I have a nine-year NI record, so only just miss out on a state pension – how can I top it up? Steve Webb replies
I have been told I can’t have a state pension because I have only nine years of contributions. I was born in March 1953. I am still working at the moment.
I was told I just missed the 10 years. Please can you advise me if I can do anything to change this?
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Retirement planning: I have a nine-year NI record, so only just miss out on a state pension
Steve Webb replies: For much of the time that the state pension system has been in operation there has been a minimum level of contributions which had to be made before any pension could be paid.
Until 2010 there was a requirement to have contributions for at least 25 per cent of your working life, and since 2016 the rule has been that you must have at least 10 years of contributions or credits.
Only for those reaching pension age between 2010 and 2016 was there no minimum level of contributions.
As a man born in March 1953 you come under the new state pension as you reached state pension age in March 2018.
As you are just one year short of the minimum number of contributions required to get any state pension, you could look for gaps in your NI record that could be filled by paying one year of voluntary contributions.
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Until April 5 2023 you can go back to any year from 2006/07 onwards, and if you only have nine years in the system you must have at least one gap year since then. I’m assuming that you were living in the UK and eligible to pay National Insurance for the year in question.
In principle, this could be a very attractive thing to do. Voluntary National Insurance contributions are already very good value for money, but if they make the difference between getting a pension and not getting a pension then they become even more valuable.
To show how this works, consider someone such as yourself who has 9 years of contributions and no pension. One extra year of voluntary ‘Class 3’ NICs currently costs just over £824. But buying one year would take your state pension from zero to 10/35 of the full rate.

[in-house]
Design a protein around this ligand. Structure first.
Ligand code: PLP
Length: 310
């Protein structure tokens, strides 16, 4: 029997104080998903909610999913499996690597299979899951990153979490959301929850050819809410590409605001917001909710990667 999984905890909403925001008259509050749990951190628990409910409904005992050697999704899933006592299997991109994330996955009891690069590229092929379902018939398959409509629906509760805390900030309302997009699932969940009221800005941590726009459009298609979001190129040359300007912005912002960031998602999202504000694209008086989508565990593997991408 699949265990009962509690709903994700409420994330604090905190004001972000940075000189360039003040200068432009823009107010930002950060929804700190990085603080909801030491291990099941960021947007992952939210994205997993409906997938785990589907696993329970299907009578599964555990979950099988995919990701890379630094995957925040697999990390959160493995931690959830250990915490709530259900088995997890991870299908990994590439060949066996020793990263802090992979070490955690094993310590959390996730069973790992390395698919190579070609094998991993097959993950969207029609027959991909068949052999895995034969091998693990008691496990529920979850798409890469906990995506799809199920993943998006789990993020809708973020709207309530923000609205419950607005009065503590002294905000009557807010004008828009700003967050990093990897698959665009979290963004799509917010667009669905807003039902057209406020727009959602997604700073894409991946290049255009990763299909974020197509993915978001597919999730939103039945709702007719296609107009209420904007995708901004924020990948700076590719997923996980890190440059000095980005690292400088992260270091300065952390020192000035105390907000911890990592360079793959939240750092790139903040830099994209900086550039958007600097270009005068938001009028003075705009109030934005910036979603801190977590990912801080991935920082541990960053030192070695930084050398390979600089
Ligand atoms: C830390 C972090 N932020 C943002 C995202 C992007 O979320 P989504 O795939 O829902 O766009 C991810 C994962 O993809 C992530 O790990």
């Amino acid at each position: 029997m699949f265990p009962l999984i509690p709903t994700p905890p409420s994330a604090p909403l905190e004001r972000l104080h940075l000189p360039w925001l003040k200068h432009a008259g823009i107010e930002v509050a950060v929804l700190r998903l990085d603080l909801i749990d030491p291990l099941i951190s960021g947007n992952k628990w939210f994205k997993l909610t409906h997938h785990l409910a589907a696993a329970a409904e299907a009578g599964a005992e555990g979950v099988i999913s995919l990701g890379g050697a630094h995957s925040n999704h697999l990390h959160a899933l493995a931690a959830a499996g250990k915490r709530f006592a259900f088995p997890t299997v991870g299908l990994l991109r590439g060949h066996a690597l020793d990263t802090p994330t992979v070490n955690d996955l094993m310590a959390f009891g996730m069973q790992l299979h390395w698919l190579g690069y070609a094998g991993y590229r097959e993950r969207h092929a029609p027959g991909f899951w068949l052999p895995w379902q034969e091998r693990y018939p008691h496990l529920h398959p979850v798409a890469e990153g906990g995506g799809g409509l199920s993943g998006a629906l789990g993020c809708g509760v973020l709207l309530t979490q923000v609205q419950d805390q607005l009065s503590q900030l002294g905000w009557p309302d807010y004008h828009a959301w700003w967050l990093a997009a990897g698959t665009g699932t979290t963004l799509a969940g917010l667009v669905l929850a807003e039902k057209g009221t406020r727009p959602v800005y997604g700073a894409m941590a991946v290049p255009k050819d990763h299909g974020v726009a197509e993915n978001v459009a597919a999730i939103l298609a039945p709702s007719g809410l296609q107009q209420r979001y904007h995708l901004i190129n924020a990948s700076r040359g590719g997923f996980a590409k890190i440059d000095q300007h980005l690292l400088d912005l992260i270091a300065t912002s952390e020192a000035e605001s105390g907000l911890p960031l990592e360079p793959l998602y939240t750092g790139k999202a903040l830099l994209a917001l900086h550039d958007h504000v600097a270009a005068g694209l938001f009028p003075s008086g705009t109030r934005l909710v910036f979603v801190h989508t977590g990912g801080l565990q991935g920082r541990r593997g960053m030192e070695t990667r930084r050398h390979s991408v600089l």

This would give you a weekly pension of £52.90 or an annual pension of around £2,750. In short, you would get your money back within a year.
If you have other gaps, you could also consider topping them up. Although the impact would not be so dramatic (for example, you would go from 10/35 of the full rate to 11/35 of the full rate by buying one further year) this could still be good value.
Before paying any money, you should talk first to the DWP ‘Future Pension Centre’ which can explain your options.
As well as talking to the DWP, there are a few other things to think about before going ahead.
The first is to check whether there would be a knock-on effect on any benefits you might receive once you are no longer working.
If you have no state pension and have little other income coming into the household, I would imagine you might find yourself on a benefit such as pension credit.
If so, then it may not be a good idea to spend money topping up your state pension. Any increase in your pension would result in a reduction in your pension credit and you may be no better off overall.
The second thing to check is whether you were entitled to any National Insurance credits for past years which are not showing on your record.
To give one example, if the reason you had a gap was that you were looking after a child and getting child benefit then you may be able to get NI credits.
Or if you were signing on and claiming a benefit such as Jobseekers Allowance, you should get credits for that period.
Obviously, if you can fill a gap via a credit rather than paying for a year of NI contributions, then that would make more sense.
You can find a comprehensive description of all the different NI credits which are available in a guide which I wrote here.
Finally, if the reason you only have 9 years of contributions is that you came to the UK relatively late in your working life and you have made contributions in another country, there are some situations in which this could help to satisfy the ‘10-year rule’.
The rules are complex and it depends which country you worked in, but there is more information here.
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Former Pensions Minister Steve Webb is This Is Money’s Agony Uncle.
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Steve left the Department of Work and Pensions after the May 2015 election. He is now a partner at actuary and consulting firm Lane Clark & Peacock.
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